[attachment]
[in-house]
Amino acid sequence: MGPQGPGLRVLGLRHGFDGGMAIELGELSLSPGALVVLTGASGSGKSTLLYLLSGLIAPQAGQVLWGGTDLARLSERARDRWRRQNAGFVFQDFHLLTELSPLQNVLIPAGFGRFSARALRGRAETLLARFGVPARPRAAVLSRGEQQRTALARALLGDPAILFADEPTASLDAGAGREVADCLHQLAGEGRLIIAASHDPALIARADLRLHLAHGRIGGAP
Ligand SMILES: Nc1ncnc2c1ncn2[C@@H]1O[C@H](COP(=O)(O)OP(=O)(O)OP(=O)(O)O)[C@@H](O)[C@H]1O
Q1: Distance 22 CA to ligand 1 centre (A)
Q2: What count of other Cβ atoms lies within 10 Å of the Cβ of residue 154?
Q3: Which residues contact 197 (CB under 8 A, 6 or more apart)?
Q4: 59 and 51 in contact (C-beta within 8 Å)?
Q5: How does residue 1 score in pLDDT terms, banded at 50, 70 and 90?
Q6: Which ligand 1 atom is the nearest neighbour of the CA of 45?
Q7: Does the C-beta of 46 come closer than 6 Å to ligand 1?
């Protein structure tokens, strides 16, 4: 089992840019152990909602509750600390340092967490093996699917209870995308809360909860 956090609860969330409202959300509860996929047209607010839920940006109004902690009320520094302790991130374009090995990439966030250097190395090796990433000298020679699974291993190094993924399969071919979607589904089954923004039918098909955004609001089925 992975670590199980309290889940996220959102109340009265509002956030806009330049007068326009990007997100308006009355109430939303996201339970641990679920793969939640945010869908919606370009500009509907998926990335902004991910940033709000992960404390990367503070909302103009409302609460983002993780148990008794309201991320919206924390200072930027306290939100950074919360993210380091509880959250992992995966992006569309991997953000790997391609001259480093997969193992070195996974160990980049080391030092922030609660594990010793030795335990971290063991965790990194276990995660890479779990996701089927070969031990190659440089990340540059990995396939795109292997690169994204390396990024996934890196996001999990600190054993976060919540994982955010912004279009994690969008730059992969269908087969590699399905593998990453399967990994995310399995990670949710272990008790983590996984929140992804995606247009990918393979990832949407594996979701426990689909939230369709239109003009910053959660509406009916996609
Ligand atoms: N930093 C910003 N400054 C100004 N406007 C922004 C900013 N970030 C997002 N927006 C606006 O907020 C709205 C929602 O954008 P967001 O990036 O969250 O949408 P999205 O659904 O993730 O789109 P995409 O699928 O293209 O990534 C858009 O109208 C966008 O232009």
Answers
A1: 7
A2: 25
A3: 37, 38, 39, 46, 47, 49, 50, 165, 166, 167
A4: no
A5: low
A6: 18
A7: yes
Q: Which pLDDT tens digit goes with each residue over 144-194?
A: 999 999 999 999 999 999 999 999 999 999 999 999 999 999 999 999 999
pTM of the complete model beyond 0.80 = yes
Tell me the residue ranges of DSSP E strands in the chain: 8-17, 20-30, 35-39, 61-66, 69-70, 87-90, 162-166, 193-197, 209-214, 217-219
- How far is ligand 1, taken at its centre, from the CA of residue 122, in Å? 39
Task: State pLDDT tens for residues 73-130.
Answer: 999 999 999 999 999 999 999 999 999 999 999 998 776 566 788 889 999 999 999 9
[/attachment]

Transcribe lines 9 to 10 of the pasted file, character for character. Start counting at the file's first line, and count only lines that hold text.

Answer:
Q6: Which ligand 1 atom is the nearest neighbour of the CA of 45?
Q7: Does the C-beta of 46 come closer than 6 Å to ligand 1?